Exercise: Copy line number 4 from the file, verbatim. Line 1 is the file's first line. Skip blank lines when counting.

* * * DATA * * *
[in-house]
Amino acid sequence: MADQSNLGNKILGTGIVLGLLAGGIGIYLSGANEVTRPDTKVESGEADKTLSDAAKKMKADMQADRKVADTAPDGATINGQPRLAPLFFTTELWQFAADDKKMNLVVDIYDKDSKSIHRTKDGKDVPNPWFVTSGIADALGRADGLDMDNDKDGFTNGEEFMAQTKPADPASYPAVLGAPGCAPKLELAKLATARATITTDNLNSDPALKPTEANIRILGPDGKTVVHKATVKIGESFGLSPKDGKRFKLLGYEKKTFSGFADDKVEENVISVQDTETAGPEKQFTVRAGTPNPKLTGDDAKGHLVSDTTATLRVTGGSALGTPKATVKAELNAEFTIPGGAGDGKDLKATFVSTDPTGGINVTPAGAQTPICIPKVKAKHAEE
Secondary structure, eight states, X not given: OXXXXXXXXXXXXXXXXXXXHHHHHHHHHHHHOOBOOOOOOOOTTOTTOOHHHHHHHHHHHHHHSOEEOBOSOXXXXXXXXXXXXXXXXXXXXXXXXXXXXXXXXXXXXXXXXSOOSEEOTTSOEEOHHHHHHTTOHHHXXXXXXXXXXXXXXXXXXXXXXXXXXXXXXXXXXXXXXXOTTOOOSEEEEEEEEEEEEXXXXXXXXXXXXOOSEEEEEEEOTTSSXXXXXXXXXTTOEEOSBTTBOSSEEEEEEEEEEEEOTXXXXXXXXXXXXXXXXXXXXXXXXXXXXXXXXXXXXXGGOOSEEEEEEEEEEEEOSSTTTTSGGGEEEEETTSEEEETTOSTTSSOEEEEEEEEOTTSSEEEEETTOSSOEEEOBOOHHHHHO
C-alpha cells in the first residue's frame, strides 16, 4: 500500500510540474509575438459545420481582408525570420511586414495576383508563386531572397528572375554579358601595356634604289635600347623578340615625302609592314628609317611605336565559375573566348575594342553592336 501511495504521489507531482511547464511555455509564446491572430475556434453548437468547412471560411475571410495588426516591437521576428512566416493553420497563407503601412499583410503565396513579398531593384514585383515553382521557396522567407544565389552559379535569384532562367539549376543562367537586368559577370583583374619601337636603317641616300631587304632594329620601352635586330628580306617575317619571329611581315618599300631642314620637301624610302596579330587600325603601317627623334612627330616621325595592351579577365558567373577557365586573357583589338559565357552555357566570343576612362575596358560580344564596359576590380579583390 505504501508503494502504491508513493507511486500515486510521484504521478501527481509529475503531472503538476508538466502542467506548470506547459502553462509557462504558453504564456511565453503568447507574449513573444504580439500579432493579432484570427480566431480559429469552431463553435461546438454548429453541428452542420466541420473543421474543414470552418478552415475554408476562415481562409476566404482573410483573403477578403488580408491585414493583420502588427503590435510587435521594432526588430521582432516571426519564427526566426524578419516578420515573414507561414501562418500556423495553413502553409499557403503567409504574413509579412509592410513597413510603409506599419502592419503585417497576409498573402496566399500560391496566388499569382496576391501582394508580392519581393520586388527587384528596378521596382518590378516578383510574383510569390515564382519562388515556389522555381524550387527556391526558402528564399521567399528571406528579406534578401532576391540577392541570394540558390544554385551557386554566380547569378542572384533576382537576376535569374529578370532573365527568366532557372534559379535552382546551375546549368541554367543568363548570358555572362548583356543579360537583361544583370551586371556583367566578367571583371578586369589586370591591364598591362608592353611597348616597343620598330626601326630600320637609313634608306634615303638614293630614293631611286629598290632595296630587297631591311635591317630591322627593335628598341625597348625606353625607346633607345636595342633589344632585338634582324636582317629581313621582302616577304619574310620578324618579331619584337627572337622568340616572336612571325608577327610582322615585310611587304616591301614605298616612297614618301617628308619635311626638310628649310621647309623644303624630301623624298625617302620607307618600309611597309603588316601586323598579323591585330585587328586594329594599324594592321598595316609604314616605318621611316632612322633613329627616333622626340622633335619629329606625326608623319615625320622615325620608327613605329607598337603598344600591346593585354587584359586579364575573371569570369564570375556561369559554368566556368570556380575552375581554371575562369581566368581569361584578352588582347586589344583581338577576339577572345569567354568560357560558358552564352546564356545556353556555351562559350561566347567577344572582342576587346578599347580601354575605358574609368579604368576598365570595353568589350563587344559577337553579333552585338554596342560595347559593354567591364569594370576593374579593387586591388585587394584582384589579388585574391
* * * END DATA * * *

C-alpha cells in the first residue's frame, strides 16, 4: 500500500510540474509575438459545420481582408525570420511586414495576383508563386531572397528572375554579358601595356634604289635600347623578340615625302609592314628609317611605336565559375573566348575594342553592336 501511495504521489507531482511547464511555455509564446491572430475556434453548437468547412471560411475571410495588426516591437521576428512566416493553420497563407503601412499583410503565396513579398531593384514585383515553382521557396522567407544565389552559379535569384532562367539549376543562367537586368559577370583583374619601337636603317641616300631587304632594329620601352635586330628580306617575317619571329611581315618599300631642314620637301624610302596579330587600325603601317627623334612627330616621325595592351579577365558567373577557365586573357583589338559565357552555357566570343576612362575596358560580344564596359576590380579583390 505504501508503494502504491508513493507511486500515486510521484504521478501527481509529475503531472503538476508538466502542467506548470506547459502553462509557462504558453504564456511565453503568447507574449513573444504580439500579432493579432484570427480566431480559429469552431463553435461546438454548429453541428452542420466541420473543421474543414470552418478552415475554408476562415481562409476566404482573410483573403477578403488580408491585414493583420502588427503590435510587435521594432526588430521582432516571426519564427526566426524578419516578420515573414507561414501562418500556423495553413502553409499557403503567409504574413509579412509592410513597413510603409506599419502592419503585417497576409498573402496566399500560391496566388499569382496576391501582394508580392519581393520586388527587384528596378521596382518590378516578383510574383510569390515564382519562388515556389522555381524550387527556391526558402528564399521567399528571406528579406534578401532576391540577392541570394540558390544554385551557386554566380547569378542572384533576382537576376535569374529578370532573365527568366532557372534559379535552382546551375546549368541554367543568363548570358555572362548583356543579360537583361544583370551586371556583367566578367571583371578586369589586370591591364598591362608592353611597348616597343620598330626601326630600320637609313634608306634615303638614293630614293631611286629598290632595296630587297631591311635591317630591322627593335628598341625597348625606353625607346633607345636595342633589344632585338634582324636582317629581313621582302616577304619574310620578324618579331619584337627572337622568340616572336612571325608577327610582322615585310611587304616591301614605298616612297614618301617628308619635311626638310628649310621647309623644303624630301623624298625617302620607307618600309611597309603588316601586323598579323591585330585587328586594329594599324594592321598595316609604314616605318621611316632612322633613329627616333622626340622633335619629329606625326608623319615625320622615325620608327613605329607598337603598344600591346593585354587584359586579364575573371569570369564570375556561369559554368566556368570556380575552375581554371575562369581566368581569361584578352588582347586589344583581338577576339577572345569567354568560357560558358552564352546564356545556353556555351562559350561566347567577344572582342576587346578599347580601354575605358574609368579604368576598365570595353568589350563587344559577337553579333552585338554596342560595347559593354567591364569594370576593374579593387586591388585587394584582384589579388585574391